Capitals 2006 draft review

By David Rathbun

The Washington Capitals entered the 2006 draft with 11 picks with which to hopefully fill some organizational needs and better bolster their prospect ranks. Armed not only with the fourth overall selection but the 23rd, 34th and 35th overall picks, the Capitals had four selections in the top 35 which gave them a huge leg up in locating impact players.

On draft day, the Caps attacked all of their immediate organizational weaknesses, acquiring five centers, two goaltenders, two left wingers and one defenseman.

The pattern of the Caps’ first four or five selections show a plan of necessity. But at the same time, the Caps also grabbed some of the best players available at their respective positions without having to move up. The Caps were able to snag who they believe will be Alexander Ovechkin’s center counterpart when they grabbed Swedish star center Nicklas Backtrom, and also hedged their bets by selecting two highly-regarded goaltending prospects with their next two choices. In addition, the Caps grabbed a potential second line, scoring center with their fourth selection. And with their fifth, took a slight risk and selected a medium-risk, high-reward defender with a huge offensive upside.

Nicklas Backstrom, C – Brynas IF Gavle SEL
Height: 6’0 Weight: 183 lbs
DOB: Nov 23, 1987
1st Round, 4th Overall

It wasn’t Washington’s GM George McPhee who announced the selection that made Backstrom a Cap. Strolling up to the podium to make the selection was recent Calder Trophy winner Alexander Ovechkin. To the delight of the crowd, the charismatic Ovechkin waved, smiled and selected Backstrom with the fourth overall selection, even hinting during later interviews that he was to be his future centerman.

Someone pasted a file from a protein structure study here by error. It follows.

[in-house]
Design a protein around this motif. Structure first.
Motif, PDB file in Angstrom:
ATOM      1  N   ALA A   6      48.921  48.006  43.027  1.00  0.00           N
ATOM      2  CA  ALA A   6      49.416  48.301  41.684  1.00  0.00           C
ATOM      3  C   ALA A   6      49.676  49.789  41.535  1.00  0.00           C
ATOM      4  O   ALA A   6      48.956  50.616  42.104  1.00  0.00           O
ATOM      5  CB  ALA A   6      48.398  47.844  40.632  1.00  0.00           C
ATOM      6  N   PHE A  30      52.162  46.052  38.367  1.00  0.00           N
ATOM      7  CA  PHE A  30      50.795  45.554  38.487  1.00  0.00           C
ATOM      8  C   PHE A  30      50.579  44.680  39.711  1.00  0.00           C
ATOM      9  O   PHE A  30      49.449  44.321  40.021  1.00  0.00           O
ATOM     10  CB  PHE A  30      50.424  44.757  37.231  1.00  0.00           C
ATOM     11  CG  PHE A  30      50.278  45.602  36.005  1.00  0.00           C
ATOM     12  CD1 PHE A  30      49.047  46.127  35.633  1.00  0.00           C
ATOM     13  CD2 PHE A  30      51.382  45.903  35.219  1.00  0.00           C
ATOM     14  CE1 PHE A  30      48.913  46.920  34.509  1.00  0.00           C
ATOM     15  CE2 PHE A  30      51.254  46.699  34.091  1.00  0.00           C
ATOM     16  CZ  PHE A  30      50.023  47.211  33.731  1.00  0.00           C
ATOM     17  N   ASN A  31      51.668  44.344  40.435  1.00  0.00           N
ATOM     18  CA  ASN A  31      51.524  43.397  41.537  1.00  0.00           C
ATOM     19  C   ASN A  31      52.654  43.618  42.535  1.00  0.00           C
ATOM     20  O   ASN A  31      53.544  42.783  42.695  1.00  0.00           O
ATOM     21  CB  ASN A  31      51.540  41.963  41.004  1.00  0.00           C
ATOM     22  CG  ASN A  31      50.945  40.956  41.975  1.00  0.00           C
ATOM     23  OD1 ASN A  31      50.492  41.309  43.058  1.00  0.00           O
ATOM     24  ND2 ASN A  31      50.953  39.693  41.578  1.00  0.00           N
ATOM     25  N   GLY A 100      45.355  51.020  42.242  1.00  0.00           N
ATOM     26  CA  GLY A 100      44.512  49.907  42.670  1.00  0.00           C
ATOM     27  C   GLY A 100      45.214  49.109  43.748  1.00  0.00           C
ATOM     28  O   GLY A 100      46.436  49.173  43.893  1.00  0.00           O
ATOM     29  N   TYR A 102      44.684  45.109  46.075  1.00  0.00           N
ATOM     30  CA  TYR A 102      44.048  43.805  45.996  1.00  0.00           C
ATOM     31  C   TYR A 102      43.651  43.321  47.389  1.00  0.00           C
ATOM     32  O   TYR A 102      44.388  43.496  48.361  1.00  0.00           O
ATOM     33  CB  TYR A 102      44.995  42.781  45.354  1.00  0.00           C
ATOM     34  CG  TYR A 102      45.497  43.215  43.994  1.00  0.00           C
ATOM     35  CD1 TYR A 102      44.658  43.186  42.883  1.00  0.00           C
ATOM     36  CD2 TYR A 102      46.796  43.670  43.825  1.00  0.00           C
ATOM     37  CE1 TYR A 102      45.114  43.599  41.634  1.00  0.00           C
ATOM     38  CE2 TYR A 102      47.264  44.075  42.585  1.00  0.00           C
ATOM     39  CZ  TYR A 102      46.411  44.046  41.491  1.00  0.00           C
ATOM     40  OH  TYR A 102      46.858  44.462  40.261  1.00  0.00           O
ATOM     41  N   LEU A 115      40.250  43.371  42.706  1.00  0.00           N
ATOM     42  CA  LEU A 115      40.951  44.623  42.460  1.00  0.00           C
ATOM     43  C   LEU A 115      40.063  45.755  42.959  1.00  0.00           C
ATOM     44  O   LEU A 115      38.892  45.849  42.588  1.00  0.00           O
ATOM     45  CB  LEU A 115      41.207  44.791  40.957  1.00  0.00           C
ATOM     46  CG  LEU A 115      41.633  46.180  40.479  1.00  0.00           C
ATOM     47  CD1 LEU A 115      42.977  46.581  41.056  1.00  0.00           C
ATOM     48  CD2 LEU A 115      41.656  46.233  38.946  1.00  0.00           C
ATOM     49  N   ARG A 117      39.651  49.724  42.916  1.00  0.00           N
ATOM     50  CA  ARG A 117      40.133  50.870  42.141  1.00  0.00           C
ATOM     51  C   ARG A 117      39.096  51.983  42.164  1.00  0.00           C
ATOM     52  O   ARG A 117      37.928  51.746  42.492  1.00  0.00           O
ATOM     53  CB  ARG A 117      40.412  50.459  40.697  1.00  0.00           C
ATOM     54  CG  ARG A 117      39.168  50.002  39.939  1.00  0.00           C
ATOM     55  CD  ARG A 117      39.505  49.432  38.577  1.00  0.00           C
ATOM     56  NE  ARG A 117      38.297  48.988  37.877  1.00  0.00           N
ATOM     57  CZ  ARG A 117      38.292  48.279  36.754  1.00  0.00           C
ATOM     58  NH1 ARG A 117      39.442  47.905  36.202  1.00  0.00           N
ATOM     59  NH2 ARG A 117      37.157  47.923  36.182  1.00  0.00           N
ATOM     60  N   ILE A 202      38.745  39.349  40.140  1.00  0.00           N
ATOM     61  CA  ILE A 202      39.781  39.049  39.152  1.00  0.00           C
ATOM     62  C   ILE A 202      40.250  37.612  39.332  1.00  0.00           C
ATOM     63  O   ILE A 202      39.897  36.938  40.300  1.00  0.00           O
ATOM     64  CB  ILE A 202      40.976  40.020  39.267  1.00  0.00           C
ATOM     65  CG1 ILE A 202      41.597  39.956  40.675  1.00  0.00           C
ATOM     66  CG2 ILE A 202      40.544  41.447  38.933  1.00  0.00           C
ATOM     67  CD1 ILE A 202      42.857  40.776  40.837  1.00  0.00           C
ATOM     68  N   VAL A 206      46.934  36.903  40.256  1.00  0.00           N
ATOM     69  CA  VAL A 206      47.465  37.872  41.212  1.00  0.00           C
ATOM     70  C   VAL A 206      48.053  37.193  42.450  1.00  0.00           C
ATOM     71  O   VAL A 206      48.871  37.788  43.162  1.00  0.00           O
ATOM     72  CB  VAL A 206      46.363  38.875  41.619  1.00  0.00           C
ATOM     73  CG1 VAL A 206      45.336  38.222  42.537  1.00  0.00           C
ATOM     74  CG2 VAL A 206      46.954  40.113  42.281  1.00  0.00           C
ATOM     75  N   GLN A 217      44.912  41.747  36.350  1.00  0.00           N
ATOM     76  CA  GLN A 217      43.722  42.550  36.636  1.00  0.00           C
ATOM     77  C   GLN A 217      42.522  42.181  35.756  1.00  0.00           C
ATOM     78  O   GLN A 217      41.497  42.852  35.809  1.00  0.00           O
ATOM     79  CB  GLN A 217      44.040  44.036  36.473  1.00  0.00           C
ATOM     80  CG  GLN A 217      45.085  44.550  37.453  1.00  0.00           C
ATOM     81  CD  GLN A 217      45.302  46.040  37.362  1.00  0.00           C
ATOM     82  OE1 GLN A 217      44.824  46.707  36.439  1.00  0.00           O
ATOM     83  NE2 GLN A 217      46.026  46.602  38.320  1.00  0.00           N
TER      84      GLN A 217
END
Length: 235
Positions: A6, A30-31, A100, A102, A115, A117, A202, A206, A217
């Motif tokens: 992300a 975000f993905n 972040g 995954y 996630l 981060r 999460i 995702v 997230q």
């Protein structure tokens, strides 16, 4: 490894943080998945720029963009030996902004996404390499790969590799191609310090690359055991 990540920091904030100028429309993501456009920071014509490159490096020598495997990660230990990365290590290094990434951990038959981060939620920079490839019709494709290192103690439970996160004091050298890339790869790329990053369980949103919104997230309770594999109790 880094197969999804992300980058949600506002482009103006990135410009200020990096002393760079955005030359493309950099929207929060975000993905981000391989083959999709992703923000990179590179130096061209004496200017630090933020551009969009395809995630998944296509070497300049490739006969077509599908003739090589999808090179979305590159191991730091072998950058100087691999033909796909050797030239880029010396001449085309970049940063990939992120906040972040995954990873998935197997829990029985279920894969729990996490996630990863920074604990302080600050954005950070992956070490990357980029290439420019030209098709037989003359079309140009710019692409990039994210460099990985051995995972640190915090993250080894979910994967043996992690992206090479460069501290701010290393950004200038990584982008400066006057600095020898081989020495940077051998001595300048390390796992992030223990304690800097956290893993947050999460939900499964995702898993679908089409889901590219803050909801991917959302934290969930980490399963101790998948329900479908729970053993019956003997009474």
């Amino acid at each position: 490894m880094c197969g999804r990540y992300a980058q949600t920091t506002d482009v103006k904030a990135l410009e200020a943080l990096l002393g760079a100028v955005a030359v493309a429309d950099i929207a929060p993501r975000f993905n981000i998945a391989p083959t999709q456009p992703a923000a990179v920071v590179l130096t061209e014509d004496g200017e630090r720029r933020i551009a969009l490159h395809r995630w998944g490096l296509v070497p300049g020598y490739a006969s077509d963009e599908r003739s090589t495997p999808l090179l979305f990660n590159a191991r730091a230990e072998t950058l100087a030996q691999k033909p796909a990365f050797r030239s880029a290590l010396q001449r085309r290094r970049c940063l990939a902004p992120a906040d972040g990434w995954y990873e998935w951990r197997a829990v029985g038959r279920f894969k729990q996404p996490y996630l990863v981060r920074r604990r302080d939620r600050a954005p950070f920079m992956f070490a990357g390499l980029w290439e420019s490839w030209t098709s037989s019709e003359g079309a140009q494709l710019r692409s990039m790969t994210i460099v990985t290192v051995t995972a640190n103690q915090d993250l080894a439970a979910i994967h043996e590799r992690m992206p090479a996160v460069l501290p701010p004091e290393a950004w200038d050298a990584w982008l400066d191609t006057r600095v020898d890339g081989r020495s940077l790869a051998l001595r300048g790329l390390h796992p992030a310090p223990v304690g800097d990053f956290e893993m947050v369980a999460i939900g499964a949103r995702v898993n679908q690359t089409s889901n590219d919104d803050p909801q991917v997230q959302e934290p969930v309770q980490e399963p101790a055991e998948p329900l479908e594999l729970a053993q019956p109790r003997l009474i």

When asked at the draft how he would enjoy playing along side Alexander Ovechkin, Backstrom replied, “Alex is a very good player. He scored over 100 points this season…If I’m going to play in the NHL with him, then I’m very happy to do that.”

Reportedly Washington scouts had been to Sweden at least four times during the last year to scout Backstrom, and appear to have gotten their man without having to make a trade. They passed on the very talented Phil Kessel to take him.

Many scouts and hockey analysts believe that Backstrom is the most NHL-ready player in this year’s draft, and could possibly step right in and make an impact from Day 1. He has a good combination of speed and grit, and is said to be one of the smartest players in the 2006 draft and already possess the hockey sense of more seasoned veterans. He also has an above average shot, and his playmaking ability is almost unparalleled for someone of his years. At this stage in his development, he has even been compared to Philadelphia Flyers star Peter Forsberg. Playing against men as an 18-year-old in the Swedish Elite League, he led his team in scoring and was named the SEL’s rookie of the year. He finished the 2005-06 season with 26 points (10 goals and 16 assists) in 46 games.

Recently, the Caps were hard at work trying to sign Backstrom so that he could begin his NHL career this fall. However, the young forward felt that he would be better served by having one more development season in the SEL, and has opted to not to come over until after next season.

If Backstrom can build on his fine 2005-06 season, the Caps will surely have a treat to look forward to. He is projected to be a first-line, playmaking center in the NHL, and will most assuredly provide Washington with an additional first-line scoring threat who will also compliment the already dangerous Ovechkin.

Semen Varlamov, G – Yaroslavl (Rus2)
Height: 6’1; Weight: 183 lbs
DOB: Apr 27, 1988
1st Round, 23rd Overall